Image: Laureate, draped and cuirassed bust of Diocletian looking right
Inscription: DIOCLETIANVS PF AVG
Image: Jupiter standing left, holding thunderbolt and sceptre
Inscription: IOVI CONSERVATORI Exe: SMN
For the image: http://numismatics.org/ocre/id/ric.6.nic.5a
RIC VI, Nicomedia, no. 5a, p. 554.
This aureus, minted in 294 CE at Nicomedia, depicts on the obverse the head of Diocletian, and on the reverse Jupiter holding a sceptre and a thunderbolt (a symbol traditionally associated with him). The inscription on the obverse refers to the emperor, as Diocletian, Pius, Felix (or dutiful), and Augustus. The title Augustus served to emphasize the emperor’s sacral standing, but it also indicates his primacy in the tetrarchy established the previous year in 293 CE. Replacing the former Dyarchy which saw Diocletian and Maximian reign as co-Augusti, the tetrarchy saw four emperors sharing rule of the empire, with Diocletian and Maximian as Augusti and Galerius and Constantius I (Constantius Chlorus) as Caesares. The inscription on the reverse refers to Jupiter as Conservator, or the keeper of the Roman state. The inscription in the exergue, SMN, indicates that the coin was minted at Nicomedia, the main residence of Diocletian from 286 CE onwards.
The depiction of Jupiter on the reverse indicates that Diocletian had reverted to the traditional cult of the Roman state, embodied by Jupiter. During the rule of one of Diocletian’s predecessors, Aurelianus, the solar god, Sol Invictus, had displaced Jupiter as the supreme god of the Roman state. Jupiter was traditionally the main god of Rome and he was identified with the senatorial class. The main temple in Rome on the Capitoline Hill was dedicated to Jupiter, together with the two other members of the Capitoline Triad, Juno and Minerva. However, during his reign Diocletian revived the cult of Jupiter along with the cult of Hercules, and proceeded to closely associate the two gods with the government of him and Maximian (his fellow Augustus). Erika Manders notes that coin types featuring Jupiter became popular in the Tetrarchic period due to Jupiter being once again assigned the highest place in the Roman pantheon, and the practice of associating the senior emperors with him. As such Jupiter featured most prominently on Diocletian’s coins (Coining Images of Power, p. 104; see also Rees, Diocletian and the Tetrarchy, p. 54; Noreña, Imperial Ideals, p. 342 lists 297 coins of Diocletian which feature Jupiter). Just as Jupiter had overthrown the old Titan race and ruled over the new and superior Olympians, Diocletian represented himself to be presiding over a new age of the Roman empire during which the unstable period of usurpation that had preceded would be no more (see Williams, Diocletian and the Roman Recovery, p. 58).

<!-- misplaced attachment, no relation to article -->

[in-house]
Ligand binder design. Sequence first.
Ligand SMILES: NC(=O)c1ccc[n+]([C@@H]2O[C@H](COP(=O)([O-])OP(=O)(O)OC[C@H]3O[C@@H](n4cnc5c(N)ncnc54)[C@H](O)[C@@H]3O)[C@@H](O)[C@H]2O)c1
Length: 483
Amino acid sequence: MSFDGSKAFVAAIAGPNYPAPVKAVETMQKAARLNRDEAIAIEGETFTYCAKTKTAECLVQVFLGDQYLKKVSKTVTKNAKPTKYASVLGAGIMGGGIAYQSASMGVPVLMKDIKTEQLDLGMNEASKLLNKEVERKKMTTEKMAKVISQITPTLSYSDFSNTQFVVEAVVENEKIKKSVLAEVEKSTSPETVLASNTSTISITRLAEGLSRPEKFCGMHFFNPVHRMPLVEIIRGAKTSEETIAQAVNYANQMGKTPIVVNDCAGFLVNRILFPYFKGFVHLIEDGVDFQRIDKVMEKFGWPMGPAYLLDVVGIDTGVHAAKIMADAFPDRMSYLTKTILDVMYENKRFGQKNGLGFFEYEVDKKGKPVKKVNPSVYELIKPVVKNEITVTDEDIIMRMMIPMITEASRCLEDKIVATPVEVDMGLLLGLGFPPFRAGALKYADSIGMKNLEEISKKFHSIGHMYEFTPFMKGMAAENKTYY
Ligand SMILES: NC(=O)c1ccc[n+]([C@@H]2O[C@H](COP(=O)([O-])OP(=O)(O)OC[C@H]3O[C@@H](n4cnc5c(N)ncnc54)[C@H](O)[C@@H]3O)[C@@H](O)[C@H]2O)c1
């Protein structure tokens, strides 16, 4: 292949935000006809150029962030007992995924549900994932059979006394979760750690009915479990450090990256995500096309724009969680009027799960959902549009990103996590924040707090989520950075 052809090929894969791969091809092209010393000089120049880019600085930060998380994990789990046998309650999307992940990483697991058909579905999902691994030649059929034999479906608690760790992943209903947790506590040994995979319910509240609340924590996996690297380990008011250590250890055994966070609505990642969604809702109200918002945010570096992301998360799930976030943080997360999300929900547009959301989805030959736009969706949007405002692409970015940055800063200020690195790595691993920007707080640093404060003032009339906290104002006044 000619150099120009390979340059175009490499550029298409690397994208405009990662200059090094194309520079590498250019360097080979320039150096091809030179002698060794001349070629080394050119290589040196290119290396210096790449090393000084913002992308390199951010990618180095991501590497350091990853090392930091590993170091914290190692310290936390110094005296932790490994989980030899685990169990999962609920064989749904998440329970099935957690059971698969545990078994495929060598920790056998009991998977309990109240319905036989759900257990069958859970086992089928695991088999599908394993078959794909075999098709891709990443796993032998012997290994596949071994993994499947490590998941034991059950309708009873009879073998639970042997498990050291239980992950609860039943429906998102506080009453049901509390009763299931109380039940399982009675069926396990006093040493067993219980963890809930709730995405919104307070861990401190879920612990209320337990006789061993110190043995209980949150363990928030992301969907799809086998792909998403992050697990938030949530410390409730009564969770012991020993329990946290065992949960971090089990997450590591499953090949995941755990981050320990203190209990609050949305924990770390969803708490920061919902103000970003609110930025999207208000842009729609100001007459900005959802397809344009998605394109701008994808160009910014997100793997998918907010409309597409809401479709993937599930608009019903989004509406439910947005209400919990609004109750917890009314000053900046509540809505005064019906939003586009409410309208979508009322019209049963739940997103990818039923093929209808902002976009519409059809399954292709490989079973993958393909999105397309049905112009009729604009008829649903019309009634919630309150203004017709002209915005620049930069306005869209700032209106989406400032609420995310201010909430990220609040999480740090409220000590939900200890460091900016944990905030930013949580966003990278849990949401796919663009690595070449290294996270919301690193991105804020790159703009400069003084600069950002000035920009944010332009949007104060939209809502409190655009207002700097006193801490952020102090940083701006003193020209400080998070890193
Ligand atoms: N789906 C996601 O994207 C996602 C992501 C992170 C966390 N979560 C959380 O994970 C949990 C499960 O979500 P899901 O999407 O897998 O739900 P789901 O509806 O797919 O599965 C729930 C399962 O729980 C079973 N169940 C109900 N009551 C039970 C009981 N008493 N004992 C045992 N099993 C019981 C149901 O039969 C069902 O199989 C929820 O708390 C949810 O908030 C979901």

The inscription on the reverse of this coin refers to Jupiter as conservator, one of his key attributes. This identifies Jupiter as preserver and protector. The pairing on the coin of Diocletian with Jupiter as the preserver therefore served to suggest that the emperor, who ruled over the oikoumenè, was in fact a reflection and representative of the supreme god who reigned in the heavens. The present coin forwards the message that both Jupiter and his earthly agent, the emperor, are protecting the empire together.
Moreover, the depiction of Jupiter served also to mirror the relationship between the two members of the Dyarchy, Diocletian and Maximian. In 287 CE Diocletian assumed the title Iovius (i.e. Jupiter), and his partner Maximian assumed that of Herculius (i.e. Hercules), who was the last earthly son of Jupiter. The title Iovius clearly indicated Diocletian’s supremacy and his task as planner and organizer, while the title Herculius indicated a subordinate position, but also an active role as military commander (on the claiming of the titles Iovius and Herculius, which would later extend to the other members of the Tetrarchy, see, for instance, Rees, “The Emperors’ New Names”; Kolb, Diocletian und die Erste Tetrarchie, p. 88-114). Divine patronage was something which gave their rule legitimacy (Williams, Diocletian and the Roman Recovery, p. 59). By presenting themselves as the sons of Jupiter and Hercules, Diocletian and Maximian were able to claim a divine source for their imperial power. By the time this coin was minted, then, Diocletian was presenting himself as consecrated by the gods and possessing of a sacral standing. Therefore, this issue essentially emphasizes the sacral role of the ruler of Rome, agent of the supreme god, who has taken on the duty of protector and preserver of Rome that Jupiter was responsible for. Just as Jupiter had ushered in a new age of stability following unrest, Diocletian was doing the same.